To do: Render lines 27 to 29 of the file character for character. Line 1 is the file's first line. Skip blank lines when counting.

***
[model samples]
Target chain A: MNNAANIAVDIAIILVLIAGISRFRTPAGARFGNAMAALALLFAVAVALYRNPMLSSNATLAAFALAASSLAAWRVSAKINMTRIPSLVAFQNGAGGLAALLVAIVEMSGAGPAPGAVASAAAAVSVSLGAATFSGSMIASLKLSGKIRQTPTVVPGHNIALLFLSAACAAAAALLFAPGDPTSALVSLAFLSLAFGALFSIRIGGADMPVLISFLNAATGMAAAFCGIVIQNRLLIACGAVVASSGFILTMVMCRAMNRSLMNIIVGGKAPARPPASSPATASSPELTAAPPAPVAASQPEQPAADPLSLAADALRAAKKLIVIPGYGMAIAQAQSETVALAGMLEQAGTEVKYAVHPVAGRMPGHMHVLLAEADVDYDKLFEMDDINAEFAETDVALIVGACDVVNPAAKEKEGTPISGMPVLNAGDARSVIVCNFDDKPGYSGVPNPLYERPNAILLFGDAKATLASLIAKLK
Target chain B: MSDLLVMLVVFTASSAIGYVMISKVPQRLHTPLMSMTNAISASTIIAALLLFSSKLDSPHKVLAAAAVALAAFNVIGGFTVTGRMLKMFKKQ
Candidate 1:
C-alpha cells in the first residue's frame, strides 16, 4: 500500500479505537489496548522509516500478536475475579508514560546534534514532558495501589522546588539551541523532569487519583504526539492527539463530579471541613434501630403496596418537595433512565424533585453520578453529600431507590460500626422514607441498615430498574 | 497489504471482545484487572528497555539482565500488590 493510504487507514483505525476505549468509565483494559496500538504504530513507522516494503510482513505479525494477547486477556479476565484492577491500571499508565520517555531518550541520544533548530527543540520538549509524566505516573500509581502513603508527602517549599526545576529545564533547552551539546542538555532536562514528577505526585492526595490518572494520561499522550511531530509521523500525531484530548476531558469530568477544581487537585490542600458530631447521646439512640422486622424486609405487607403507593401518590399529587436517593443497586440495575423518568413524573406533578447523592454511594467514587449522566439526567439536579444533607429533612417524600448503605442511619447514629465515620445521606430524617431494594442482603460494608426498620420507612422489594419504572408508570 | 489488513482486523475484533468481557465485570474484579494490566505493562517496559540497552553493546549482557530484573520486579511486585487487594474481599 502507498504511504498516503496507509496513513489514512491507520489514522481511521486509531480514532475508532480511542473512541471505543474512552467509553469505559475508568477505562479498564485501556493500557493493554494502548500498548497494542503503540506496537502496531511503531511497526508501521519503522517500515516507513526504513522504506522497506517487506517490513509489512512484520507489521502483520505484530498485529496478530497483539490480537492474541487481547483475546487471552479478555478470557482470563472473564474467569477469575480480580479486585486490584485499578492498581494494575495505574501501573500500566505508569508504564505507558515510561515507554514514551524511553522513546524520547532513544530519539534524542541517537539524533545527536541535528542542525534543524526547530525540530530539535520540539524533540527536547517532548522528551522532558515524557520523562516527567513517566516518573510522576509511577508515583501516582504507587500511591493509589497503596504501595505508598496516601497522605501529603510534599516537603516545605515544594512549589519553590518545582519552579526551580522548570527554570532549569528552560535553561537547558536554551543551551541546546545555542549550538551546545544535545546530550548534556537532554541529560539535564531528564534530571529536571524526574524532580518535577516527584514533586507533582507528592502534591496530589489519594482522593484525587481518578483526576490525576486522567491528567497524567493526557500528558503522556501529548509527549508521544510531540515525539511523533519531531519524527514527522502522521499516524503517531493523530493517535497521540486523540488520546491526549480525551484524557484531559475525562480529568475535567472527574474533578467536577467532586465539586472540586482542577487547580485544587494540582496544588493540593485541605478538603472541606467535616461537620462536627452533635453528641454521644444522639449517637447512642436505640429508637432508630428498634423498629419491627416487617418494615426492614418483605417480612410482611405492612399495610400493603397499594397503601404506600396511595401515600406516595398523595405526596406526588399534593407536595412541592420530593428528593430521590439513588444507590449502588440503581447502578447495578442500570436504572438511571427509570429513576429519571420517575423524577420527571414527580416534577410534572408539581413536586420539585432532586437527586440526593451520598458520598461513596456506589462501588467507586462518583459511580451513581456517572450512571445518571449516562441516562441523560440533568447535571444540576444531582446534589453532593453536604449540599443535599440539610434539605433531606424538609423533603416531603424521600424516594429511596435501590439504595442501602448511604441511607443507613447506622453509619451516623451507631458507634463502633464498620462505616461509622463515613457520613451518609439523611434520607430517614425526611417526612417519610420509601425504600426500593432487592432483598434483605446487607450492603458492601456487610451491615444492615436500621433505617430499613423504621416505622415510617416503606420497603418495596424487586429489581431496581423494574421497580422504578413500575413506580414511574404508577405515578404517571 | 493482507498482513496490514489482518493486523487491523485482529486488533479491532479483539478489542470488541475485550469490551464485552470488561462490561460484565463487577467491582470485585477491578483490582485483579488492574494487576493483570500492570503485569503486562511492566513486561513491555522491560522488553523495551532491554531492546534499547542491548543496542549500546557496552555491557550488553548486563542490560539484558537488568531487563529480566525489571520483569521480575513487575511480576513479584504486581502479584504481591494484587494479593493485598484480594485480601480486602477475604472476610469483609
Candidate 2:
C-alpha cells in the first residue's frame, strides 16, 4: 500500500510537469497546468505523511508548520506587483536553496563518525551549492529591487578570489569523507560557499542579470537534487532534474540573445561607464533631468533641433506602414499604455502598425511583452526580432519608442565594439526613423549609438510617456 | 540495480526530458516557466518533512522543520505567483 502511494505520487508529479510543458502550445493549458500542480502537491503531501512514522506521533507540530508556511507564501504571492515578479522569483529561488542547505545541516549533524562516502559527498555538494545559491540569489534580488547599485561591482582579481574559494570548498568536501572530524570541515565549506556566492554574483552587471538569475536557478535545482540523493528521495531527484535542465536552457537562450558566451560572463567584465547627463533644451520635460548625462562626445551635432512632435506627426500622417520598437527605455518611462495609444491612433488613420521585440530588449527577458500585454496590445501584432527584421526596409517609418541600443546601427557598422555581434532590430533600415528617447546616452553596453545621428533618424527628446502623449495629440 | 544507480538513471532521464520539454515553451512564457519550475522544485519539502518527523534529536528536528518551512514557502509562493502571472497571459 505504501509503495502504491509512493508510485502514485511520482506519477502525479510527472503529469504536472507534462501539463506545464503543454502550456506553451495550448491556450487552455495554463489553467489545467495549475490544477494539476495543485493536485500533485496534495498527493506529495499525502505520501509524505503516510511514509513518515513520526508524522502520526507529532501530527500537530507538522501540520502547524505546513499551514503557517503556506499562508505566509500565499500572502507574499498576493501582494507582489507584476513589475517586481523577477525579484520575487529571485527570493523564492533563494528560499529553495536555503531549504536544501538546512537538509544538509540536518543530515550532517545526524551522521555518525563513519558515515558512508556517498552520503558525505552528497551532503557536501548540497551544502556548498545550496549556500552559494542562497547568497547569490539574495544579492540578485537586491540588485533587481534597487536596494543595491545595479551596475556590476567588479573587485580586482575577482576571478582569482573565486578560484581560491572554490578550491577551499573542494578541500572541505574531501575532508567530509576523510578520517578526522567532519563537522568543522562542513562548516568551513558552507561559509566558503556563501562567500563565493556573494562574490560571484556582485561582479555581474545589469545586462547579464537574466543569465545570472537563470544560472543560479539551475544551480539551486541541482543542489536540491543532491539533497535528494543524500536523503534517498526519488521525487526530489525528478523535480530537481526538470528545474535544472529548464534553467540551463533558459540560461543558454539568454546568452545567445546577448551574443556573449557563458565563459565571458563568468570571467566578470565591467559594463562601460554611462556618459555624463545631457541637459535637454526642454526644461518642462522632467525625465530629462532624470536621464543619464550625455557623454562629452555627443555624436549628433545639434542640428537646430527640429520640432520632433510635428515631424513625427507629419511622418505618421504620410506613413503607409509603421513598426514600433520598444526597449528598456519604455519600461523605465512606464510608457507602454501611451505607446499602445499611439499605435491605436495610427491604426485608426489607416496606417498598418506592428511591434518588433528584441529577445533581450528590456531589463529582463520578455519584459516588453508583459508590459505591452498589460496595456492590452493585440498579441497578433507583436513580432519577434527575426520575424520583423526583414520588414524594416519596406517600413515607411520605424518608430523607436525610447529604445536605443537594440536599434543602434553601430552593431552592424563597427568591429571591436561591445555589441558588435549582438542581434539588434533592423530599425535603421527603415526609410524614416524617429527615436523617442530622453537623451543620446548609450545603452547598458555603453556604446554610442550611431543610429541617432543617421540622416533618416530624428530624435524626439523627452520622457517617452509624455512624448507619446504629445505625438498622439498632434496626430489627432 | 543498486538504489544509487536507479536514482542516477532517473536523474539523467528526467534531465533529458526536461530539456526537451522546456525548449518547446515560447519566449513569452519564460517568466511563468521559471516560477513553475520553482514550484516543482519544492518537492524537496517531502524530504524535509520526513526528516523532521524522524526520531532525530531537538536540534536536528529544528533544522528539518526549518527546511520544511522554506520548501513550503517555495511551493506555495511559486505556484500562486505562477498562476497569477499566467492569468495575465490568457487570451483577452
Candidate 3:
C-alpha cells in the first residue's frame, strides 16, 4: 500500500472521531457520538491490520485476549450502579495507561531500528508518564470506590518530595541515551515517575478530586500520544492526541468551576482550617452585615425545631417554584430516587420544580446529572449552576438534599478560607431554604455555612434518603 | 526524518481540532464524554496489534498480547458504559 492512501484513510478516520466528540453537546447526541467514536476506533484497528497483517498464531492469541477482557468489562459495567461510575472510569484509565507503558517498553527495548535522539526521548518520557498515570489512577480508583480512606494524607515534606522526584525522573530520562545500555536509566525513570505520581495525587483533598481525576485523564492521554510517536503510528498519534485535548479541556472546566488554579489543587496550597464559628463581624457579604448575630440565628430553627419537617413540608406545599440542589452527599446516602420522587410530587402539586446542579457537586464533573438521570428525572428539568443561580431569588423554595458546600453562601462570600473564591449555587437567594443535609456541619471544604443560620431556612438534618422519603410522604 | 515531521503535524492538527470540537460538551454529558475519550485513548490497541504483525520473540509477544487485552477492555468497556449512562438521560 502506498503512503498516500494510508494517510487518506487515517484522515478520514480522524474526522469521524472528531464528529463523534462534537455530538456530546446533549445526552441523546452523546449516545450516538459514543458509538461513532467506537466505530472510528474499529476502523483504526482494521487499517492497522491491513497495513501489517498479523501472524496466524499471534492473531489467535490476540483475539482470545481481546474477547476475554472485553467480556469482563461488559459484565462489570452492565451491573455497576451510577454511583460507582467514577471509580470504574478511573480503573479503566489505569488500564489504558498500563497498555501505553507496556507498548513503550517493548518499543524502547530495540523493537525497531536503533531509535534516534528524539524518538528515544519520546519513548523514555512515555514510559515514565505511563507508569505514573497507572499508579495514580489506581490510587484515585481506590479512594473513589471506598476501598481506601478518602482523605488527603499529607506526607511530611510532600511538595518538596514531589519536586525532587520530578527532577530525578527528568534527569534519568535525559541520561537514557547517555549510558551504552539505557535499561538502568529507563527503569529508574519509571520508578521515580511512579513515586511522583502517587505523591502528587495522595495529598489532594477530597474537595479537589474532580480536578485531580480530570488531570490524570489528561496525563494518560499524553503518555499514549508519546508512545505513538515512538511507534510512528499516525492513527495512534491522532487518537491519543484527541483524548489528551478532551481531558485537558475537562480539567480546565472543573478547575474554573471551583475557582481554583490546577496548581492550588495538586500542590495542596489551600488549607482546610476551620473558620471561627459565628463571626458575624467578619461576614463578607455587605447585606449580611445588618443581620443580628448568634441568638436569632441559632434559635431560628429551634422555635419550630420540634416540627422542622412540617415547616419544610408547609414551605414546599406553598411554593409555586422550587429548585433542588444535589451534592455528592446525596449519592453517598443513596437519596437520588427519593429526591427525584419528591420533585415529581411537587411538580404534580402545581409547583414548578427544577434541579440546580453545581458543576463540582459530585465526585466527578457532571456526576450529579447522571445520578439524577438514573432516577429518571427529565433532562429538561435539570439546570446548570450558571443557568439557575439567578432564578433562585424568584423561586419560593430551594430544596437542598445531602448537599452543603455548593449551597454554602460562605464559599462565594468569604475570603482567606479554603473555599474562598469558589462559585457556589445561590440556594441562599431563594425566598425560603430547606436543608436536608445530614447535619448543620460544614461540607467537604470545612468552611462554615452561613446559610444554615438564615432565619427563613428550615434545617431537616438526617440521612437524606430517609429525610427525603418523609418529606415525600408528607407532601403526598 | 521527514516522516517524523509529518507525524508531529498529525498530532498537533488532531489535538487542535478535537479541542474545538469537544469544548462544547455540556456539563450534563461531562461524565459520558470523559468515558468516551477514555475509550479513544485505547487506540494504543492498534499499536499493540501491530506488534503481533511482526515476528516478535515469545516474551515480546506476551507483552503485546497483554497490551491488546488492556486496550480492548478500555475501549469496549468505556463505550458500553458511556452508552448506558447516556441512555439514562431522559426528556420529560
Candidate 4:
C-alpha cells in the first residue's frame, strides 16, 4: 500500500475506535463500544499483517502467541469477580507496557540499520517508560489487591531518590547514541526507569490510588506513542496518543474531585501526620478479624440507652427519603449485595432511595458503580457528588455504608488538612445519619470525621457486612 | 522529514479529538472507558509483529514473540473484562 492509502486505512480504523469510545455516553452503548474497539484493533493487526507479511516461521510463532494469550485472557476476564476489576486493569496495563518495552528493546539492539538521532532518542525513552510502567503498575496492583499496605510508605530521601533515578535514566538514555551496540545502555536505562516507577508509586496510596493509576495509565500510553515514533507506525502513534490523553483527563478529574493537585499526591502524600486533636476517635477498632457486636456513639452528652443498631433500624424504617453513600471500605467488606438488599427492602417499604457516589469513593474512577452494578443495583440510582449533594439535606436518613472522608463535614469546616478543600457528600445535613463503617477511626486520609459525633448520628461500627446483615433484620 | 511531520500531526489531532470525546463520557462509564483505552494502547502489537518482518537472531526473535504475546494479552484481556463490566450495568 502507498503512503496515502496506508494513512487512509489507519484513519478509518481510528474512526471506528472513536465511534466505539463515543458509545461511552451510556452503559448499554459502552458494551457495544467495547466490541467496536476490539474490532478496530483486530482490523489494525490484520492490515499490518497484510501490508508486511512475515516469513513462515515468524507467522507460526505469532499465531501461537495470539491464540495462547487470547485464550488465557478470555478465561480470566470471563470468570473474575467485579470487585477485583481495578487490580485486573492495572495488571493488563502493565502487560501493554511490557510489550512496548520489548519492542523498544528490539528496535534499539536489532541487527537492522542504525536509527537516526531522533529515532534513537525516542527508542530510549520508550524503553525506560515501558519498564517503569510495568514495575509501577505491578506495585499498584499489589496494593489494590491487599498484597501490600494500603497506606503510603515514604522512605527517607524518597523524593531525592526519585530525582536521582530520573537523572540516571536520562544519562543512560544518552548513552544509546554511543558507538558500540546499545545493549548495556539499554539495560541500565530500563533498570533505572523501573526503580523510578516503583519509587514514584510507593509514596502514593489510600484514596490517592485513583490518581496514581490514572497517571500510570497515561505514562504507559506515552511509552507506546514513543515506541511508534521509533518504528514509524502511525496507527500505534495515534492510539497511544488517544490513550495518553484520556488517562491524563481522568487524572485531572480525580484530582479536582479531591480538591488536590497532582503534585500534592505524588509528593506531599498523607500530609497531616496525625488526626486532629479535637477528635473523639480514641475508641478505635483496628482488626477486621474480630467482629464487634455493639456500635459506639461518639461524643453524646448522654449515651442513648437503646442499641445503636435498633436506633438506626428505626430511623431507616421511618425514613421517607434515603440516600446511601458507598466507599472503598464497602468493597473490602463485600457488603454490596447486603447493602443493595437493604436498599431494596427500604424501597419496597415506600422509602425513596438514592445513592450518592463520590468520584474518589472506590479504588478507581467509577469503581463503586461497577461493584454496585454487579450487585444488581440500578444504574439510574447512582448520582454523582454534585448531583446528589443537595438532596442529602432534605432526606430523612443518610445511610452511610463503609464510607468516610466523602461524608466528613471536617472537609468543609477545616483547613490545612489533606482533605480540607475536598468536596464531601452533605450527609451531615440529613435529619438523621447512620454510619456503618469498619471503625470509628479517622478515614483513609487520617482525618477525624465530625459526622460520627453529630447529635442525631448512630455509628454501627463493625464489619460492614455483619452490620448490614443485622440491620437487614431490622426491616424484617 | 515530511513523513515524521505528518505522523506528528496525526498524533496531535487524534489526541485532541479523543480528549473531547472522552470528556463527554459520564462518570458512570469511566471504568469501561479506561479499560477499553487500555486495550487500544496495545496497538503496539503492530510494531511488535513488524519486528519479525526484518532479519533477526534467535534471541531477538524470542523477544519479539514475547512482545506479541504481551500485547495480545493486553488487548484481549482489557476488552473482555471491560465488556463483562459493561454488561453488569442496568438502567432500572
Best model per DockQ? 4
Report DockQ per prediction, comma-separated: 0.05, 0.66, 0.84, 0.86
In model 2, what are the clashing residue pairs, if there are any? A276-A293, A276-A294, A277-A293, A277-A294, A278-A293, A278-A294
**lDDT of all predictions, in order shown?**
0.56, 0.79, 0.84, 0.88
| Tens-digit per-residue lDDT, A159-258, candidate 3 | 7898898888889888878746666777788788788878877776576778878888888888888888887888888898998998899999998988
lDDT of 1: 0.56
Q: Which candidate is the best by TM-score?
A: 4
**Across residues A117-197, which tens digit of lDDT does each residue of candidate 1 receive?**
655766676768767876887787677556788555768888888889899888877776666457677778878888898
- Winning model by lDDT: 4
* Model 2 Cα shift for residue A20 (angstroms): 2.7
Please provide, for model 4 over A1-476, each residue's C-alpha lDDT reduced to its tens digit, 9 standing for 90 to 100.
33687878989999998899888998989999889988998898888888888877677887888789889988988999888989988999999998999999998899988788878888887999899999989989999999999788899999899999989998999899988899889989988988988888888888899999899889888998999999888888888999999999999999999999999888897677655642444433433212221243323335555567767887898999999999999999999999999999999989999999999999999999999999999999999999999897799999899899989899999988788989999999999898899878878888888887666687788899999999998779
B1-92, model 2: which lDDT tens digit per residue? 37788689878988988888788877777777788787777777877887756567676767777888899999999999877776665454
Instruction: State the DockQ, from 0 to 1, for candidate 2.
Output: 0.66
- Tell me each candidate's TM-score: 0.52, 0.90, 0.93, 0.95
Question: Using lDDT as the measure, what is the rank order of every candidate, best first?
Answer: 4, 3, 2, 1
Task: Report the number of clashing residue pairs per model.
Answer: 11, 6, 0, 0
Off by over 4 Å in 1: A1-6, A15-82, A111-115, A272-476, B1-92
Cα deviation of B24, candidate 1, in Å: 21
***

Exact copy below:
B1-92, model 2: which lDDT tens digit per residue? 37788689878988988888788877777777788787777777877887756567676767777888899999999999877776665454
Instruction: State the DockQ, from 0 to 1, for candidate 2.
Output: 0.66